Niles approves resolution asking for landfill operations study
NILES TOWNSHIP — Niles Township leaders want to know if the Southeast Berrien County Landfill is serving taxpayers as intended.
During a Monday night meeting, trustees discussed commissioning a study to answer a handful of questions that would help them find the answer. They voted unanimously to approve a resolution that advises the landfill board to initiate a study of their operations. This is the second time that trustees have expressed support for the review. They also voted unanimously in September to pursue a study.
The review will be contingent upon landfill board members approving it and paying for the cost. Other municipal owners must also show support. According to trustees, the city of Niles has also expressed interest in a study.
The landfill is owned by five municipalities, including Niles Township, which has 40 percent ownership. Two of the township’s trustees, Dan Pulaski and Herschel Hoese, serve as board members to the landfill.
Tyler Ganus, the general manager of the landfill, was present during the meeting. He said he was there to listen to feedback.
In a follow-up interview via phone Tuesday, Ganus said he was glad to have attended the meeting.
“I understand the concerns,” Ganus said. “It’s always good to stay informed, especially being in the capacity that I am. Good to know what they are thinking, better than hearing it on paper.”
He said he could not speak for other board members on whether or not they were in support of the study.
Ganus was appointed as interim manager in 2017. He has served as the general manager for about a year.
Ganus took over leadership of the landfill after the former general manager Clyde “Sonny” of Fuller III and Terry Snow, a mechanic and maintenance worker at the landfill, were both convicted for embezzling from the landfill. They were sentenced last year to serve prison terms.
Ringler emphasized that the questions trustees have extended beyond the influence of recent management.
“This has nothing to do with you, Tyler. Truthfully it doesn’t,” Ringler said. “It may have more to do with if you look at the history of the landfill going back 20 to 25 years. I mean we just went through these guys that ended up in prison … but they are not the first ones that have had issues out there.”
Hoese said such studies are pretty standard for a number of businesses.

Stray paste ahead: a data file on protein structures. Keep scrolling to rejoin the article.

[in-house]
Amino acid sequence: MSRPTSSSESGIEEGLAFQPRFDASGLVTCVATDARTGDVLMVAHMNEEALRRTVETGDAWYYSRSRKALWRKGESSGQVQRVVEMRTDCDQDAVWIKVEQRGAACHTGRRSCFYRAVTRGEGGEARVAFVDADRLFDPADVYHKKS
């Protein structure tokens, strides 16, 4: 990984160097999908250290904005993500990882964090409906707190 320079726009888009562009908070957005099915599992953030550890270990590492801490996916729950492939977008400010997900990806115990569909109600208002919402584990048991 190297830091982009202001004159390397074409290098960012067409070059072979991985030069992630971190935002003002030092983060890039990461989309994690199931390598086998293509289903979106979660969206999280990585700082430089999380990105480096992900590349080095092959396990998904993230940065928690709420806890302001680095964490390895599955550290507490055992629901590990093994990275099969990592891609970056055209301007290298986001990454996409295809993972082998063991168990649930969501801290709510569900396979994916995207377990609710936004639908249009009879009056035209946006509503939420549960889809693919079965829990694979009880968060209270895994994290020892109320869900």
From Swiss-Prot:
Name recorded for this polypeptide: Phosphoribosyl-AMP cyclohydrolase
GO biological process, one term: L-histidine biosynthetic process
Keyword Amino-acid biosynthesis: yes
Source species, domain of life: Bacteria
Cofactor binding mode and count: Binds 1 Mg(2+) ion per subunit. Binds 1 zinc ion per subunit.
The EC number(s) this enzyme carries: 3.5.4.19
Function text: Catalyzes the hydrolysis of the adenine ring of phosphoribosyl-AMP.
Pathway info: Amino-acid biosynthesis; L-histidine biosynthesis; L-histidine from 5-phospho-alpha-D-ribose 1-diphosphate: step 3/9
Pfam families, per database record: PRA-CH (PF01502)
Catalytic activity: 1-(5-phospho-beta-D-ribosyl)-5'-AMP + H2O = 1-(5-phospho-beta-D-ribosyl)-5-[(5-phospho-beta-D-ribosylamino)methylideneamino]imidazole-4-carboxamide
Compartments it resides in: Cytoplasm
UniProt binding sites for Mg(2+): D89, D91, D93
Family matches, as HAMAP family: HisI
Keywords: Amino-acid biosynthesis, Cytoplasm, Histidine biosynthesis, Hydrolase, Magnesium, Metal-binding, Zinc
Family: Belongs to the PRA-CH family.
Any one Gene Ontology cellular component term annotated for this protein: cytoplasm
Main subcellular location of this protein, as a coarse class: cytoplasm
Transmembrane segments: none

“I just think it is wise to know your exposure financially,” Hoese said. “Any good business, I’ve said, will analyze their direction and maybe alter course here or there. I don’t think it is any different than any business. We should know where we are at and where we are headed.”
Ringler said the recent embezzlement is not the only thing that motivated municipal owners to ask for a study. He said trustees want to assure that the landfill is serving the purpose it was initially set up for — to serve as a place for residents to put their trash.
“There is no financial benefit. However, we hold all the liability,” Ringler said.
Ringler said it is unknown at this time who would conduct the study and what the cost to the landfill would be.
Pulaski said he would share the resolution with the landfill board during their next meeting at 5:30 p.m. Wednesday, Jan. 16.
Trustees compiled a list of questions they hope to find answers to, including:
• Are the Articles of Incorporation and amended Articles relevant and fair to all the owner municipalities?
• Are the bylaws relevant and fair to all the owner municipalities?
• Is the landfill serving the original intent? Outside area trash? Longevity of the site?
• What is the ownership value to the owner municipalities?
• What is the current value of the landfill?
• Should owner municipalities oversee the operation of the landfill or should that be contracted out to experts? What would be the costs of contracting out management services?
• Should the landfill be sold?
• What would be the liability to owner municipalities if the landfill was sold? Can you contractually shelter future liabilities in a sale?
• If owner municipalities operate the landfill through closure what is the perpetual care costs?
• Can the closure fund cover those costs in perpetuity? If not, are the owner municipalities in a financial position to cover those costs without a revenue stream from the landfill?
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